Gunnison County may miss the brunt
As the sub-prime mortgage collapse sweeps the nation, local housing experts and real estate agents are optimistic that the local market will be somewhat insulated from its effects. However, credit woes that result in fewer housing starts and sales could send financial repercussions throughout the valley.
The extension of the easy credit and adjustable interest loans has plunged thousands of financially over-extended borrowers throughout the nation into bankruptcy. The sheer volume of loan defaults has already sent ripples throughout the world’s financial institutions, and most experts believe that the worst is yet to come.
Much of Colorado’s recent housing boom has been fueled by the easy-to-acquire high interest loans, and as a consequence, the state is among the highest in the nation in foreclosures.
According to the annual report on state lending issued by the office of Colorado attorney general John Suthers, high-risk borrowing has reached dizzying heights in Colorado. The report suggests that the problem is so widespread that even areas without significant sub-prime lending activity are being injured by the fallout.
Mirroring much of the rest of the nation, Gunnison County has seen an upsurge in foreclosures this year. The 24 foreclosures so far in 2007 have more than doubled the rate of 2006.
However, 2005 was closer in defaults to 2007, so it may be too early to tell whether this year’s increase signifies a trend, according to statistics furnished by the county treasurer’s office.
Western State College (WSC) economist David Plant is one expert who believes the effect of the surge in defaults is likely to be felt across the board—including Gunnison County.
“It’s impacting the entire economy,” he says.
Plant says those effects range from a weaker dollar, which will raise consumer prices on imports, to less cash on hand for local entrepreneurs and investors. “It’s making it harder to borrow,” he says.
While he isn’t sure that a recession will be the end result of the mortgage meltdown, he says there is no question that the economy has hit a rough patch and it probably hasn’t bottomed out yet.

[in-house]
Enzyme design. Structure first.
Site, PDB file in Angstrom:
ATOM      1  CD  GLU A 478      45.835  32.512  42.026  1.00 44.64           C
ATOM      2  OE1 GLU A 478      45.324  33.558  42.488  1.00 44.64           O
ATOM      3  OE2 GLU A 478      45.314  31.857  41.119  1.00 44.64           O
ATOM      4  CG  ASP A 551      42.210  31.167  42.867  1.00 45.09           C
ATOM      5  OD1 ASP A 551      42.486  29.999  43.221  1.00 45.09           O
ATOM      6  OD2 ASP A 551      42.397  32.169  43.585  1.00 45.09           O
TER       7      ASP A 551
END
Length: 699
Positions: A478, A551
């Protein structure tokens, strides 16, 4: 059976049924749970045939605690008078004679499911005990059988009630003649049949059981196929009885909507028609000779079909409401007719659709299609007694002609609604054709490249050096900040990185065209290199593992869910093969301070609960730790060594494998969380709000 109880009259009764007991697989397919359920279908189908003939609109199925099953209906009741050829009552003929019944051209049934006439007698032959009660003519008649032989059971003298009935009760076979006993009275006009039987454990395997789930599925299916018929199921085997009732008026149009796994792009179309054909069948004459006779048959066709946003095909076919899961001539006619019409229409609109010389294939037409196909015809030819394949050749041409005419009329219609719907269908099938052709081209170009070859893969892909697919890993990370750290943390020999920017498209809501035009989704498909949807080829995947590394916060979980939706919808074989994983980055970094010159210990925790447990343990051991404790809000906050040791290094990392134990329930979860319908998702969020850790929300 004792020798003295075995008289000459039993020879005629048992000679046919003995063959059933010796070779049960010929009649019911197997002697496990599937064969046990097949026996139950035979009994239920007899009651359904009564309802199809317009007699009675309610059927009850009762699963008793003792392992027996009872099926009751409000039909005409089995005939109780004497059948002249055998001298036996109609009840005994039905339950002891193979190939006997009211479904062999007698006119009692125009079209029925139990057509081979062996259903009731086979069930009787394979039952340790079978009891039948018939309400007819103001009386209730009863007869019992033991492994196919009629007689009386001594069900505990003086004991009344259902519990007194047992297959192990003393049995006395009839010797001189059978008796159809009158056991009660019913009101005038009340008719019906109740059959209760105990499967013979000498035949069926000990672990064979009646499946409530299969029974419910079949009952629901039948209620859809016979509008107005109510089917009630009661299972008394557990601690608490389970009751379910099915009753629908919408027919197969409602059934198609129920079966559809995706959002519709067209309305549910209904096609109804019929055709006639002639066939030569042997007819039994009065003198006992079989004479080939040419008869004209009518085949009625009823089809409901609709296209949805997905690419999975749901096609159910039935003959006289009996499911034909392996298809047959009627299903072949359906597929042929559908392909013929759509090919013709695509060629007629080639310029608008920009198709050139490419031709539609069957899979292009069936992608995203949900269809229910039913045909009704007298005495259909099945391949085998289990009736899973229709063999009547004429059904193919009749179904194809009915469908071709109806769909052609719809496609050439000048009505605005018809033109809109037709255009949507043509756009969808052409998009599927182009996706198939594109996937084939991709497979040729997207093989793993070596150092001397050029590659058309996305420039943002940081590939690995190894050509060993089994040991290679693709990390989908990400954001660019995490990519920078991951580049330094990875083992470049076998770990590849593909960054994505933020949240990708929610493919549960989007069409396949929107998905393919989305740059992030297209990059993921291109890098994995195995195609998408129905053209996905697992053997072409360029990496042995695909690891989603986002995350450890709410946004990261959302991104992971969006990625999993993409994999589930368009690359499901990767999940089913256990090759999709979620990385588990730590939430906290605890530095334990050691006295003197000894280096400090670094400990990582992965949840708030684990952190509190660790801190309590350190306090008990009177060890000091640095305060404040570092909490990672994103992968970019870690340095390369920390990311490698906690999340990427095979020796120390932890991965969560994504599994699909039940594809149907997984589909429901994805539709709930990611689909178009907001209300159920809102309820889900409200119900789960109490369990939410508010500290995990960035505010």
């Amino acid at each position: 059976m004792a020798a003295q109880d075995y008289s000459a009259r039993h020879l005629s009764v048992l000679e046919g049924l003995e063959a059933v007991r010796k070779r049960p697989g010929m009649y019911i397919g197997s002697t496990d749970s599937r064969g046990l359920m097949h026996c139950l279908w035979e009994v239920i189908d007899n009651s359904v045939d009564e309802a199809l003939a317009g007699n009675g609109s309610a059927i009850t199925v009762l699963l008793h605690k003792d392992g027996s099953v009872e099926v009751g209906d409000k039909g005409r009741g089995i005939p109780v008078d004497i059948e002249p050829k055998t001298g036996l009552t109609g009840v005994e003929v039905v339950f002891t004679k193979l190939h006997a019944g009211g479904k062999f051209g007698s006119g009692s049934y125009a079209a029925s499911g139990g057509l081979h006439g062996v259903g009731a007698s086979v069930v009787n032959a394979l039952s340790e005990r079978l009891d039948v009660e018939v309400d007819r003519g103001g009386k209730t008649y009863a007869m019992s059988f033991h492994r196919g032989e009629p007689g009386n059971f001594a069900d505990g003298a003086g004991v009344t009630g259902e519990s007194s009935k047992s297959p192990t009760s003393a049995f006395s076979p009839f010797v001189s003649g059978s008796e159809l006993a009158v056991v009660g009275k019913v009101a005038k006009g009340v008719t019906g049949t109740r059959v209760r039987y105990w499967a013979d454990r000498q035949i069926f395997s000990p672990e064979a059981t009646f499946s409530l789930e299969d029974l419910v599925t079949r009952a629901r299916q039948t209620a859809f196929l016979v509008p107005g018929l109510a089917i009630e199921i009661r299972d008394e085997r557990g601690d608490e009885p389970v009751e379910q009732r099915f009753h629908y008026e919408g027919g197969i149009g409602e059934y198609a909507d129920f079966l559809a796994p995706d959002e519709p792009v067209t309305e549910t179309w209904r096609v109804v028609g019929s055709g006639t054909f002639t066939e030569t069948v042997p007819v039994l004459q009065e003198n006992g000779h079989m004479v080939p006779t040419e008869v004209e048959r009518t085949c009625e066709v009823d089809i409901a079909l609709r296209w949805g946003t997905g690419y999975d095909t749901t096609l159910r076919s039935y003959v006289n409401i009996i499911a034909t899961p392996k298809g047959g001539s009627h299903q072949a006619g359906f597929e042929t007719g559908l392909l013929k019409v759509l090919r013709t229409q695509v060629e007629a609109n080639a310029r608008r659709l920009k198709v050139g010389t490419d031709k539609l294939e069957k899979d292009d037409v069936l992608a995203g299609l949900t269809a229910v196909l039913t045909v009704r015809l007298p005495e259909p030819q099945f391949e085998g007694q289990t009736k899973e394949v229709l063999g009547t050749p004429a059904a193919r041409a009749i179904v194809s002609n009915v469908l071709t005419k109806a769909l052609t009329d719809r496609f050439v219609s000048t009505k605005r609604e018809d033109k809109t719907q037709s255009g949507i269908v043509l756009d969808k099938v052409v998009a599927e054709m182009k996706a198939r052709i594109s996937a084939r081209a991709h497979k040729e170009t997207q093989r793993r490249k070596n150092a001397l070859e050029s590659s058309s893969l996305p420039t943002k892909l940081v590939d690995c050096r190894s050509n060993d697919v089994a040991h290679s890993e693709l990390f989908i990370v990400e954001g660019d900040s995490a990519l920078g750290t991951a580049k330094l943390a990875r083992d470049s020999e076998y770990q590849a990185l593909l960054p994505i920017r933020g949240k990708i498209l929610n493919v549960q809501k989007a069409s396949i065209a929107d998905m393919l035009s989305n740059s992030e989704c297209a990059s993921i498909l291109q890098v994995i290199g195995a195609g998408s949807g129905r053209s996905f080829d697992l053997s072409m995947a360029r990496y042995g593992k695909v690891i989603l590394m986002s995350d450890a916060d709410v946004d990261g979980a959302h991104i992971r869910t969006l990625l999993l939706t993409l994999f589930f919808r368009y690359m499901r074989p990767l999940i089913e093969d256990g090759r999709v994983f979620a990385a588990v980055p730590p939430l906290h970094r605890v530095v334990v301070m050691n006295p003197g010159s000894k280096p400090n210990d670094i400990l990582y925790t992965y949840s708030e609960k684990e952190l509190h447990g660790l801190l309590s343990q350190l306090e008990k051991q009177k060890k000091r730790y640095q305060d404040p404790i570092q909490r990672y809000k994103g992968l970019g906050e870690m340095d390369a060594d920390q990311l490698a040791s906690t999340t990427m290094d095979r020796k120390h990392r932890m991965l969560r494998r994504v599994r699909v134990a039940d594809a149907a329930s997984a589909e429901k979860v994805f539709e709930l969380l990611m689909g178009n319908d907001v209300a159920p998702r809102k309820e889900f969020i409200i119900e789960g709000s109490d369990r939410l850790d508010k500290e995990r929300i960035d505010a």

Plant’s colleague, WSC economics professor Sally Hays, concurs. “I think it’s going to have a ripple effect—definitely,” she says. “There’s a lot of fear that it will affect consumer confidence,” she adds.
While both economists agree that the national picture doesn’t appear rosy, there may be reasons why Gunnison County is insulated from the worst of a possible recession.
For one thing, Plant says many of the region’s home sales are not speculative.
“People actually want to live here,” he says.
Another thing that could work in the region’s favor, according to Plant, is that the local economy is primarily based on tourism.
“I think we’ll weather the downturn in the housing industry pretty well,” he says. “I’m more afraid that global warming will hurt the tourism economy,” he adds.
Gunnison Country Association of Realtors president-elect Darci Gillespie says all real estate markets are local. She expects this market will be resilient to the rest of the nation’s credit woes.
“We have a lot of second -home purchasers,” she says, “and they’re paying cash.”
Community Banks of Colorado mortgage broker Michelle Phelps says she thinks lenders in this region do a good job of educating their customers about the perils of adjustable interest loans and financial over-extension. Unfortunately, she says, the rest of the nation’s problems have made it more difficult to borrow money here.
She says prospective borrowers shouldn’t be deterred, however. “There are still a lot of good loan packages out there,” she says.
Attorney general Suthers says in his report that borrower education is part of the key to ameliorating the crisis.
“We must continue to educate Coloradoans about the dangers of borrowing at exceptionally high interest rates, and show our citizens how to avoid the cycle of debt that plagues so many,” he remarked.
Stephanie Aeschliman, Gunnison County Housing Authority’s house buying counselor, offers classes for local residents borrowing for new homes.
“In our classes we cover predatory lending and what people need to watch out for,” she says. “Just because you are pre-approved for a loan with a payment that is 60 percent of your income doesn’t mean you can afford it,” she adds. “We advise that your total housing costs shouldn’t exceed more than 30 percent of your income.”